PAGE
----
Monophysitism

Monophysitism (play /məˈnɒfɨstɨzəm/ or /məˈnɒfɨsɪtɨzəm/; Greek: monos meaning 'one, alone' and physis meaning 'nature'), or Monophysiticism, is the Christological position that Jesus Christ has only one nature, his humanity being absorbed by his Deity. A brief definition can be given as: "Jesus Christ, who is identical with the Son, is one person and one hypostasis in one nature: divine-human."[1]

Monophysitism is opposed to the Chalcedonian position which holds that Christ maintains two natures, one divine and one human. As monophysitism is contrary to the orthodox Chalcedonian Creed it has always been considered heretical by the Western Church and most of the Eastern Church.

Monophysitism and its antithesis, Nestorianism, were both hotly disputed and divisive competing tenets in the maturing Christian traditions during the first half of the 5th century, during the tumultuous last decades of the Western Empire. It was marked by the political shift in all things to a center of gravity then located in the Eastern Roman Empire, and particularly in Syria, the Levant, and Anatolia, where monophysitism was popular among the people.

There are two major doctrines that can indisputably be called monophysite (play /məˈnɒfɨst/):

  • Eutychianism holds that the human and divine natures of Christ were fused into one new single (mono) nature: His human nature was "dissolved like a drop of honey in the sea".
  • Apollinarism or Apollinarianism holds that Christ had a human body and human "living principle" but that the Divine Logos had taken the place of the nous, or "thinking principle", analogous but not identical to what might be called a mind in the present day.

After Nestorianism, taught by Nestorius, Archbishop of Constantinople, was rejected at the First Council of Ephesus, Eutyches, an archimandrite at Constantinople, emerged with diametrically opposite views. Eutyches' energy and the imprudence with which he asserted his opinions brought him the accusation of heresy in 448, leading to his excommunication. In 449, at the controversial Second Council of Ephesus Eutyches was reinstated and his chief opponents Eusebius, Domnus and Flavian, deposed. Monophysitism and Eutyches were again rejected at the Council of Chalcedon in 451.

Monophysitism's theological point of view is also rejected by the Oriental Orthodox Churches, but was widely accepted in Syria, Egypt and the Levant, leading to many tensions in the Coptic period of the Byzantine Empire.[citation needed]

Later, monothelitism – the belief that Christ was 2 natures in 1 person except that he only had a divine will and no human will – was developed as an attempt to bridge the gap between the monophysite and the Chalcedonian position, but it too was rejected by the members of the Chalcedonian synod, despite at times having the support of the Byzantine emperors and once escaping the condemnation of a Pope of Rome, Honorius I. Some are of the opinion that monothelitism was at one time held by the Maronites, but the Maronite community, for the most part, dispute this, stating that they have never been out of communion with the Catholic Church.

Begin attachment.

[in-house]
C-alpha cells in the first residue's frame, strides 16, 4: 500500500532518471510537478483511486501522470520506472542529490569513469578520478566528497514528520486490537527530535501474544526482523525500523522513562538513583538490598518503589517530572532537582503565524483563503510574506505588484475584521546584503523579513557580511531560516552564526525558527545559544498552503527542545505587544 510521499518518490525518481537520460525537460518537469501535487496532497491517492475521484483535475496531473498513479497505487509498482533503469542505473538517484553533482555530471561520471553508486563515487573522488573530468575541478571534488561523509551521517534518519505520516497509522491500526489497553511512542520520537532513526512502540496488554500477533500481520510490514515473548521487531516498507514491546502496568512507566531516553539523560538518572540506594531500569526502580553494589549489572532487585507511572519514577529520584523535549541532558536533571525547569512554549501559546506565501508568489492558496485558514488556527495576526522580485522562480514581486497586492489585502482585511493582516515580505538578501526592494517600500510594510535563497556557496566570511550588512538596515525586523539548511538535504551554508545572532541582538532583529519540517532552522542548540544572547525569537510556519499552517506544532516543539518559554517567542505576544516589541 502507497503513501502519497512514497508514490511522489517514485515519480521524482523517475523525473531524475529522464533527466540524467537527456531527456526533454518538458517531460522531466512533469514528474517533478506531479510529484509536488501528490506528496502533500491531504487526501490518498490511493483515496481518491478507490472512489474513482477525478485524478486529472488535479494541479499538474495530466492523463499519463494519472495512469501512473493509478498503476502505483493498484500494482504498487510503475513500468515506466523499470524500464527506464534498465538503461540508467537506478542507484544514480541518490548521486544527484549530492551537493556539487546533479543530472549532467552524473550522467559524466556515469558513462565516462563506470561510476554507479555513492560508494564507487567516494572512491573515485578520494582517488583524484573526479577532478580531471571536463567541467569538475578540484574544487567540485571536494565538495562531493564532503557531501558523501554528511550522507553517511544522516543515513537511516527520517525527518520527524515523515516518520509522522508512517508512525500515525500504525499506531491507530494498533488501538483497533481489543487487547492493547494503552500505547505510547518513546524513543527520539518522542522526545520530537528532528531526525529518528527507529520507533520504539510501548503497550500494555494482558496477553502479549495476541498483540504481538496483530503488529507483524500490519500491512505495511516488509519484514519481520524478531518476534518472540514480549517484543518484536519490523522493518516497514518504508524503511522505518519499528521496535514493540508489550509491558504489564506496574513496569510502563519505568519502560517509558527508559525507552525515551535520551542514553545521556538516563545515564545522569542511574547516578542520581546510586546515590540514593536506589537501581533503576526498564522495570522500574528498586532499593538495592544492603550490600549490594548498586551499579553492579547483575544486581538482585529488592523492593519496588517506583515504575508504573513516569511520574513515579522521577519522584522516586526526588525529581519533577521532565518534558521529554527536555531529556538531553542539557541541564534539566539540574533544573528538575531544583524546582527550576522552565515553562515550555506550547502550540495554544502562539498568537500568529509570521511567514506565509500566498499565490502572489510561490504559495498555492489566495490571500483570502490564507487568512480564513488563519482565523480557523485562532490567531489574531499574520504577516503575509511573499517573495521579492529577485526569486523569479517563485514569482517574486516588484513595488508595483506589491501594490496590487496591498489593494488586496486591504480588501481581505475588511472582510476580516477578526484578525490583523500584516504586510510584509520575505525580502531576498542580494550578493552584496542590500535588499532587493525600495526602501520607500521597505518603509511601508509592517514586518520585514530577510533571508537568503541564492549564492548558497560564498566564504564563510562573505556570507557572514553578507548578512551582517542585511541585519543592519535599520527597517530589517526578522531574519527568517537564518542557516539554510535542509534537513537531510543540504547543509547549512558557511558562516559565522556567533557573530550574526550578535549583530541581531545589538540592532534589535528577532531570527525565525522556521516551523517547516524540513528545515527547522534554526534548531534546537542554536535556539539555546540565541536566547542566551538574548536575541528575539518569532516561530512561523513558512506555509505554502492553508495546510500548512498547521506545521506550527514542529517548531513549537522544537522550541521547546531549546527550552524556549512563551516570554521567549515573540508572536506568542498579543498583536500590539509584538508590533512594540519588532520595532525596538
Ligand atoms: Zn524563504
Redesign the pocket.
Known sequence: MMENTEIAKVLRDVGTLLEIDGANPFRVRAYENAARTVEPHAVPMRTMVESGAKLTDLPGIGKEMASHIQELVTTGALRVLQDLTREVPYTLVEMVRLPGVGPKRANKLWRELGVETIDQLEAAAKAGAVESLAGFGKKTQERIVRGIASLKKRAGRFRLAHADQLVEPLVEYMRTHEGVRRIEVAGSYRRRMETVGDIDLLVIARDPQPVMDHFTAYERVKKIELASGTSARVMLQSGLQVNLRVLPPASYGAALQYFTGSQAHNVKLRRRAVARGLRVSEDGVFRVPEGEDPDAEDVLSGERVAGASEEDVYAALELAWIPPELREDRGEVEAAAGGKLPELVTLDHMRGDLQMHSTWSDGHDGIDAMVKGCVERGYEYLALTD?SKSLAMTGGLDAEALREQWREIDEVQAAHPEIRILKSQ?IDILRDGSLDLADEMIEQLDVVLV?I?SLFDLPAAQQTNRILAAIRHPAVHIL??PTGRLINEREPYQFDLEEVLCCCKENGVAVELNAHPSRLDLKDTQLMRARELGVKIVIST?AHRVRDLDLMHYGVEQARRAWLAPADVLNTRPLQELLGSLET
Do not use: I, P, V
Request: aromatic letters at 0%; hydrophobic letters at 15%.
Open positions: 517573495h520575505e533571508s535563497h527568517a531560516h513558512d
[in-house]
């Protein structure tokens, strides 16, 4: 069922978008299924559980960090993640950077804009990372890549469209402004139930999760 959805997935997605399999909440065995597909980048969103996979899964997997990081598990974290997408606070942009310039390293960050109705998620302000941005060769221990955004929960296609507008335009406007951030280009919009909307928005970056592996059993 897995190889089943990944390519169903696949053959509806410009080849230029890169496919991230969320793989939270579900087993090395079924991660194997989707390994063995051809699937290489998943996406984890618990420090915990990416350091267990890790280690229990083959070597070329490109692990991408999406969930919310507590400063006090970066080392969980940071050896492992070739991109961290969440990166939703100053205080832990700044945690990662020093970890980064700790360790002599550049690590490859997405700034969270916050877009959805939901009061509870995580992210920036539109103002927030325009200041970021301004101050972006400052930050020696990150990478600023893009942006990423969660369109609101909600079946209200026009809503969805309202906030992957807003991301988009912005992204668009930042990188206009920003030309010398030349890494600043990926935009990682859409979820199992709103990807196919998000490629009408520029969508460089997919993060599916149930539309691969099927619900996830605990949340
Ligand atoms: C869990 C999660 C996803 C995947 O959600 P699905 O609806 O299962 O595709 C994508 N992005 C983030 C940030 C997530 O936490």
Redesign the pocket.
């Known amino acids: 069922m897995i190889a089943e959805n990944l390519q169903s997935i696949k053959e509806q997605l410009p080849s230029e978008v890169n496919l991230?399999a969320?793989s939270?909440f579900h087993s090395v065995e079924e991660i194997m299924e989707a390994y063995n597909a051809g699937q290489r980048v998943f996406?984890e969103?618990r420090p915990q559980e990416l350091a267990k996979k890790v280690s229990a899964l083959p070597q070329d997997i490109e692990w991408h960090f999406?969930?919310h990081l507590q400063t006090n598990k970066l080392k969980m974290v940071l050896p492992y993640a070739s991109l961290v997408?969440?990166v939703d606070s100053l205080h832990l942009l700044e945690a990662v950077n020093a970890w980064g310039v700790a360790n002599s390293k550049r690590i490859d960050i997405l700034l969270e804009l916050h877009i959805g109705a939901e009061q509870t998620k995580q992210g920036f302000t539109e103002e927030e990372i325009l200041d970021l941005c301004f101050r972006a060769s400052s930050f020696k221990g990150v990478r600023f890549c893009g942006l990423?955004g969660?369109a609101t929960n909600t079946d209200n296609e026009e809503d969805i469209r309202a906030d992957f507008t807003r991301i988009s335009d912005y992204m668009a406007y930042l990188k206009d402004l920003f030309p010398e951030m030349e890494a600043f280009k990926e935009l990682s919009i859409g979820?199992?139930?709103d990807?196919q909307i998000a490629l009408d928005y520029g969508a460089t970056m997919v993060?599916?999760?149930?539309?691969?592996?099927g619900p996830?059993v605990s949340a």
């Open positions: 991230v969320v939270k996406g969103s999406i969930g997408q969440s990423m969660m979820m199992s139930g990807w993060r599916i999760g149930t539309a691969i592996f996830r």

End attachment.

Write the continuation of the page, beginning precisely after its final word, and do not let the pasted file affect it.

Miaphysitism, the christology of the Oriental Orthodox churches, is considered by Chalcedonian churches as a variant of monophysitism, but the Oriental Orthodox churches themselves view their theology as distinct from monophysitism and anathematize Eutyches.[2][3]

See also

References

  1. ^ Martin Lembke, lecture in the course "Meetings with the World's Religions", Centre for Theology and Religious Studies, Lund University, Spring Term 2010.
  2. ^ www.metroplit-bishoy.org/files/Dialogues/Byzantine/CHRSTAGR.doc
  3. ^ After Chalcedon – Orthodoxy in the 5th/6th Centuries

External links


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Look at other dictionaries:

  • Monophysitism —    The theological doctrine that the Incarnate Christ had one (mono) nature (physis), a divine one. This was condemned at the Council of Chalcedon (q.v.) in 451, where the diophysite doctrine of two natures, one fully human and one fully divine,… …   Historical dictionary of Byzantium

  • monophysitism —    This word (from the Greek monos, meaning single, and physis, meaning nature, ) refers to the position that Christ has only a single divine nature. Monophysitism was rejected by the Council of Chalcedon (451) that taught that Christ had a human …   Glossary of theological terms

  • Monophysitism — noun see Monophysite …   New Collegiate Dictionary

  • Monophysitism — See Monophysitic. * * * …   Universalium

  • monophysitism — noun A Christian believe which holds that the human nature of Jesus Christ was essentially absorbed by the divine, and thus that he essentially had but one nature, contrary to the orthodox view that Christ has two natures, both fully human and… …   Wiktionary

  • MONOPHYSITISM —    a development of CHRISTOLOGY which taught that in CHRIST there was one divine NATURE as opposed to the ORTHODOX view that Christ was both human and divine. The teaching was condemned at the COUNCIL OF CHALCEDON but flourished in Coptic, Syrian …   Concise dictionary of Religion

  • monophysitism — belief that Christ was primarily divine but in human form Ecclesiastical Terms Philosophical Isms …   Phrontistery dictionary

  • Monophysitism —    The belief that in the person of Jesus Christ there was but one divine nature and that he was not fully human …   Who’s Who in Christianity

  • monophysitism — mo·noph·y·sit·ism …   English syllables

  • Monophysitism —  Монофизитство …   Вестминстерский словарь теологических терминов

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